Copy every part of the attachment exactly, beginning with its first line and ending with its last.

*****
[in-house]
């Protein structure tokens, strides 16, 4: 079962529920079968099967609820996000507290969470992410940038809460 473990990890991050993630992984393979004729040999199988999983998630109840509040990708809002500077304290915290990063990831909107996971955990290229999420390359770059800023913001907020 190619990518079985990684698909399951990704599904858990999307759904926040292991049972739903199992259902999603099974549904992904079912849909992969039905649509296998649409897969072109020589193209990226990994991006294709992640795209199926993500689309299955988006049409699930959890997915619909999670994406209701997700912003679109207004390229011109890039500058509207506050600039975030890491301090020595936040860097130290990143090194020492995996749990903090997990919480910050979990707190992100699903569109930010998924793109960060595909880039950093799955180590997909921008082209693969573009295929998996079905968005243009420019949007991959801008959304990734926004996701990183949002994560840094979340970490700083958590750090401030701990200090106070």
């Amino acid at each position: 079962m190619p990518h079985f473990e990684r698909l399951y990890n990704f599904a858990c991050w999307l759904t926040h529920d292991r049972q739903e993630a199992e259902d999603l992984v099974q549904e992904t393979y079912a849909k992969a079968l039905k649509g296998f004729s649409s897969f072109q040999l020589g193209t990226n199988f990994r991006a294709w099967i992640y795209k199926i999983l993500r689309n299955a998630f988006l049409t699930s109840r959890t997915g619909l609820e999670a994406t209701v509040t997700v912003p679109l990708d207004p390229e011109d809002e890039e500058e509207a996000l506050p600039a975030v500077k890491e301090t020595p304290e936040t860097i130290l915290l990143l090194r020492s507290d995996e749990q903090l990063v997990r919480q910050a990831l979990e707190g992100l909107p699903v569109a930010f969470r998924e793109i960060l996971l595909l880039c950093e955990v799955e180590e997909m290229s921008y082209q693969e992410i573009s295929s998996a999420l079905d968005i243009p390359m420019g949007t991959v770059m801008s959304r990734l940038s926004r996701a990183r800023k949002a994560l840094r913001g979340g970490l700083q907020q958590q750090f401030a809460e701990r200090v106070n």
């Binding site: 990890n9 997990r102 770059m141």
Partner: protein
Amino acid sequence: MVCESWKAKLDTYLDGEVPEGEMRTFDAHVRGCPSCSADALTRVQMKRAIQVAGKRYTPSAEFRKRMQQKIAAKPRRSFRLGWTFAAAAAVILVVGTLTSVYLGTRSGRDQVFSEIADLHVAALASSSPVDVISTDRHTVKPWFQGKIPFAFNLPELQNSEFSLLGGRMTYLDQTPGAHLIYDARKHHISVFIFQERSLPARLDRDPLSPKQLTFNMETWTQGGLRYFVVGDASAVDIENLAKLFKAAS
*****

[in-house]
């Protein structure tokens, strides 16, 4: 079962529920079968099967609820996000507290969470992410940038809460 473990990890991050993630992984393979004729040999199988999983998630109840509040990708809002500077304290915290990063990831909107996971955990290229999420390359770059800023913001907020 190619990518079985990684698909399951990704599904858990999307759904926040292991049972739903199992259902999603099974549904992904079912849909992969039905649509296998649409897969072109020589193209990226990994991006294709992640795209199926993500689309299955988006049409699930959890997915619909999670994406209701997700912003679109207004390229011109890039500058509207506050600039975030890491301090020595936040860097130290990143090194020492995996749990903090997990919480910050979990707190992100699903569109930010998924793109960060595909880039950093799955180590997909921008082209693969573009295929998996079905968005243009420019949007991959801008959304990734926004996701990183949002994560840094979340970490700083958590750090401030701990200090106070």
């Amino acid at each position: 079962m190619p990518h079985f473990e990684r698909l399951y990890n990704f599904a858990c991050w999307l759904t926040h529920d292991r049972q739903e993630a199992e259902d999603l992984v099974q549904e992904t393979y079912a849909k992969a079968l039905k649509g296998f004729s649409s897969f072109q040999l020589g193209t990226n199988f990994r991006a294709w099967i992640y795209k199926i999983l993500r689309n299955a998630f988006l049409t699930s109840r959890t997915g619909l609820e999670a994406t209701v509040t997700v912003p679109l990708d207004p390229e011109d809002e890039e500058e509207a996000l506050p600039a975030v500077k890491e301090t020595p304290e936040t860097i130290l915290l990143l090194r020492s507290d995996e749990q903090l990063v997990r919480q910050a990831l979990e707190g992100l909107p699903v569109a930010f969470r998924e793109i960060l996971l595909l880039c950093e955990v799955e180590e997909m290229s921008y082209q693969e992410i573009s295929s998996a999420l079905d968005i243009p390359m420019g949007t991959v770059m801008s959304r990734l940038s926004r996701a990183r800023k949002a994560l840094r913001g979340g970490l700083q907020q958590q750090f401030a809460e701990r200090v106070n």
């Binding site: 990890n9 997990r102 770059m141």
Partner: protein
Amino acid sequence: MVCESWKAKLDTYLDGEVPEGEMRTFDAHVRGCPSCSADALTRVQMKRAIQVAGKRYTPSAEFRKRMQQKIAAKPRRSFRLGWTFAAAAAVILVVGTLTSVYLGTRSGRDQVFSEIADLHVAALASSSPVDVISTDRHTVKPWFQGKIPFAFNLPELQNSEFSLLGGRMTYLDQTPGAHLIYDARKHHISVFIFQERSLPARLDRDPLSPKQLTFNMETWTQGGLRYFVVGDASAVDIENLAKLFKAAS